Sunday, August 17, 2008

Conventional Ways of Calculating Safety Stock

There are two common conventional methods for calculating the safety stock quantity for a product:

* Percentage of Lead Time Demand
* Days Supply

As we discuss the various methods for calculating safety stock quantities, we'll refer to two variables, "forecast demand" and "usage." Forecast demand is a prediction of how much of a product will be sold or otherwise used in a particular month, and usage is the quantity that was actually sold or used.
Percentage of Lead Time Demand
One of the inventory consultants advocated that, for most items, 50% of lead time demand provides an adequate safety stock quantity.
Demand per day is multiplied by the projected lead time resulting in a lead time demand. Safety stock is half this amount. This quantity represents a X day reserve.
This method is easy to understand but it tends to maintain too much or too little safety stock for many items. For example:

Products with long but very reliable lead times and with fairly consistent demand. If we use this method for an imported product with a 12-week lead time, we'll keep six weeks stock in reserve as safety stock. If we usually receive the shipment on time and demand doesn't vary substantially from month to month, we'll have too much safety stock – in other words, too much money tied up in non-productive inventory.

Products with very short lead times and significant variations in demand from month to month. If a product had a one-week lead time, this method will keep a three or day supply of the item in reserve as safety stock. If usage tends to vary significantly from month to month, there probably won't be enough safety stock available to consistently fill customer demand and the company will experience stock outs.

Days Supply
The days supply method allows a buyer to manually specify a number of days supply of a product to hold in reserve as safety stock. Because a buyer usually does not have the time to review the safety stock parameters for every item each month, he or she will probably set the days supply to provide more than enough safety stock. After all, in the eyes of most buyers, excess inventory is usually preferable to stock outs. As a result, the days supply method often results in the accumulation of non-producing inventory.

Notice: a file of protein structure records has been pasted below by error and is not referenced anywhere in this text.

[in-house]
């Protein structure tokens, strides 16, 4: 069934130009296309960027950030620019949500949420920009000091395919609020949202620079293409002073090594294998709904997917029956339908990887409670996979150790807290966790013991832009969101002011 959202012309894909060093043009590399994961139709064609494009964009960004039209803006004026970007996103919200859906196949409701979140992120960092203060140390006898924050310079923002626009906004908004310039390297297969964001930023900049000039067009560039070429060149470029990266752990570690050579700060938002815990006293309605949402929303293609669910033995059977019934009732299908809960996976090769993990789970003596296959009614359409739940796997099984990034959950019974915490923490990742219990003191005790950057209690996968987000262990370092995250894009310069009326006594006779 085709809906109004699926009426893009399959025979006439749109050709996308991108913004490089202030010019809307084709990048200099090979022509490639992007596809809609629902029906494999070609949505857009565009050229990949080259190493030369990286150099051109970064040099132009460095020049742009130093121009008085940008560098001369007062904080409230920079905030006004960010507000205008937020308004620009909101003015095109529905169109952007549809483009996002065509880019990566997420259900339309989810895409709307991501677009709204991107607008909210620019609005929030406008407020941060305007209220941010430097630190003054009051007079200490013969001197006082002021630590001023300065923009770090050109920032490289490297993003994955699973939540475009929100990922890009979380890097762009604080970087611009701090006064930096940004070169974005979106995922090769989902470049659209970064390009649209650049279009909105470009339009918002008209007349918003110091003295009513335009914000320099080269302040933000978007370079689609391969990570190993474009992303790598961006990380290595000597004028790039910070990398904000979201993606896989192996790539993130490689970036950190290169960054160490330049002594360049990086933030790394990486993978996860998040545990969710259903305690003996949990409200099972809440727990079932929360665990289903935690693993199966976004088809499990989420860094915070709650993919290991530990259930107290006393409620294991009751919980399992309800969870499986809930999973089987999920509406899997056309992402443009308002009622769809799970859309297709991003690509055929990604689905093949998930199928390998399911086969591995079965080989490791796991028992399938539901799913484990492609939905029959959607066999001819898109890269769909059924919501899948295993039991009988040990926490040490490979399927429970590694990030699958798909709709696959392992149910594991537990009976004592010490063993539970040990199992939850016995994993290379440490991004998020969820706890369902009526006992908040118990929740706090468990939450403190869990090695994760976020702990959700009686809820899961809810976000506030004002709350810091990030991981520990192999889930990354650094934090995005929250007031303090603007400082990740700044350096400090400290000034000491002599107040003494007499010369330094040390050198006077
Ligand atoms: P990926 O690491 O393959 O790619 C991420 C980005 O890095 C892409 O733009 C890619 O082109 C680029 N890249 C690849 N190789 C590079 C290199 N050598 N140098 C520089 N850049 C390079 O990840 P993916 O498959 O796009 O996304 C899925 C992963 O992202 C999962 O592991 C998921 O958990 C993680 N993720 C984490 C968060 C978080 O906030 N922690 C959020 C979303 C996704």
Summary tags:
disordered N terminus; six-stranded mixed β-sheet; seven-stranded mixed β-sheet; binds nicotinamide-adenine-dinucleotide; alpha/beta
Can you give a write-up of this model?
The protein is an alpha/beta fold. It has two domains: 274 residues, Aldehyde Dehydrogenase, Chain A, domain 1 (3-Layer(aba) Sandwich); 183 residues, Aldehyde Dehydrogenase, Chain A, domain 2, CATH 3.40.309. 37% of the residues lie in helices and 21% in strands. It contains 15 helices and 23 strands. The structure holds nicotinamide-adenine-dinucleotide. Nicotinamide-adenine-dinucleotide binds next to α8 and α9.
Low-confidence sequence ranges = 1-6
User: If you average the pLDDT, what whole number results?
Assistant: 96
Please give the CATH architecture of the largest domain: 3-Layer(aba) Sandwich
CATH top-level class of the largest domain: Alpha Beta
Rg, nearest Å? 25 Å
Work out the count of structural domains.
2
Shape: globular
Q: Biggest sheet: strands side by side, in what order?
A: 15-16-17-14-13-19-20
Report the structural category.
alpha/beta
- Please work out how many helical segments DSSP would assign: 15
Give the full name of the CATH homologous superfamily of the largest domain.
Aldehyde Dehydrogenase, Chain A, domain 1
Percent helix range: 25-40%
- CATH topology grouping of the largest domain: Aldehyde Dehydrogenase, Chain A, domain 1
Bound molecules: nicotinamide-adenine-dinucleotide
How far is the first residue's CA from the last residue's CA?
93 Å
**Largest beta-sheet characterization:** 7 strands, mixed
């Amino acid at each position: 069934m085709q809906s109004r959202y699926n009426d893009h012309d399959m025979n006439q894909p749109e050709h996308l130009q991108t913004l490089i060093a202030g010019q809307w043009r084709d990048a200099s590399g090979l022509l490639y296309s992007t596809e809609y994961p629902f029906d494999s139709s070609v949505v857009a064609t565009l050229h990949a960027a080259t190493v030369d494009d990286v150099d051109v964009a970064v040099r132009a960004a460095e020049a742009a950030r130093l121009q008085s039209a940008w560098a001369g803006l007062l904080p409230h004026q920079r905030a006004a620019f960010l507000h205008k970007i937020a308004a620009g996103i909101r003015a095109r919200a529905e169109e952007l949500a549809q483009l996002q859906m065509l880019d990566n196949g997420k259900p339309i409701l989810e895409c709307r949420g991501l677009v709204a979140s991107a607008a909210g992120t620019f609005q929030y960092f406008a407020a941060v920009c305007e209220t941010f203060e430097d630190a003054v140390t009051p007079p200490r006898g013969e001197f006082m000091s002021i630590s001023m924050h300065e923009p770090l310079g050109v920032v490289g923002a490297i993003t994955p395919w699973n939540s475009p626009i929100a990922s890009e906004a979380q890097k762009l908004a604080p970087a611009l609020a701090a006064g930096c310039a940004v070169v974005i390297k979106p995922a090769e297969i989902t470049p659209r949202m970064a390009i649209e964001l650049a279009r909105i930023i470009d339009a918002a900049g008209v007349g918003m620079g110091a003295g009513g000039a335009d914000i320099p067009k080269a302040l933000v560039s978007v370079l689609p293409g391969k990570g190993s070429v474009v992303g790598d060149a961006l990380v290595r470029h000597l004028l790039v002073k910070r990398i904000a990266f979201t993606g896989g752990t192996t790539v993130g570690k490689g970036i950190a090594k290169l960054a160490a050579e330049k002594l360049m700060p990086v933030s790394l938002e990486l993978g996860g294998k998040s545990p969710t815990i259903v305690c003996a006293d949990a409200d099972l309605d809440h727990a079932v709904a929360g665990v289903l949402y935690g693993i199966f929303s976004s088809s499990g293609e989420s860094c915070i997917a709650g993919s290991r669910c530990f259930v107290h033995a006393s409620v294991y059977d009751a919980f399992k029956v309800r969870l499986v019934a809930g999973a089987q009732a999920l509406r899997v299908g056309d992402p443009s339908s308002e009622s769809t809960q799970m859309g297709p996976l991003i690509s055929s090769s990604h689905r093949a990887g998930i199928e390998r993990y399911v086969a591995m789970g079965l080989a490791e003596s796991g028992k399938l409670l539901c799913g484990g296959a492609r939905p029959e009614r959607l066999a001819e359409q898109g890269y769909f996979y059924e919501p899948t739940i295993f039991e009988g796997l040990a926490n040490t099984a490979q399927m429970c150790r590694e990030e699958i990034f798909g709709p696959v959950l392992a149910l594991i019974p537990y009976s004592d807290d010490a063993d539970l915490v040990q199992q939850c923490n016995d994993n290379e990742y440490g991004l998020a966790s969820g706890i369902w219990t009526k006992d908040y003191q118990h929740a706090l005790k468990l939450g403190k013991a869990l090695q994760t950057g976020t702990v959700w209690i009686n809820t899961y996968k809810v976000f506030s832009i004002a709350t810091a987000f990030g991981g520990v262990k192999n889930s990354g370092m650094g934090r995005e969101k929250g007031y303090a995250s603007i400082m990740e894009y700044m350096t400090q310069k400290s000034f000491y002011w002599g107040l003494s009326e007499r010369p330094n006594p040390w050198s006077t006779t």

Remember that the purpose of safety stock is to protect customer service from unusual customer demand during the lead time or delays in receiving a replenishment shipment. Why not base the amount of safety stock maintained for each item on the variations in demand and lead time? The greater the variation in demand and/or lead time, the more safety stock will be maintained for the item. This is referred to as the "average deviation method."
First we need to calculate average deviation. Next we have to calculate the average deviation of the product's lead time.As a final step in determining the safety stock quantity, we'll multiply the average deviation by a deviation multiple. The deviation multiple used is dependent on the customer service level we want to provide to our customers. Customer service level is defined as the percentage of line items for stocked products shipped complete by the promise date. The higher the multiple, the more safety stock we'll maintain, and the higher the customer service level. Please refer to our other articles for a complete discussion of the customer service level.Be careful! Using a higher deviation increases the amount of non-moving inventory on your shelf!

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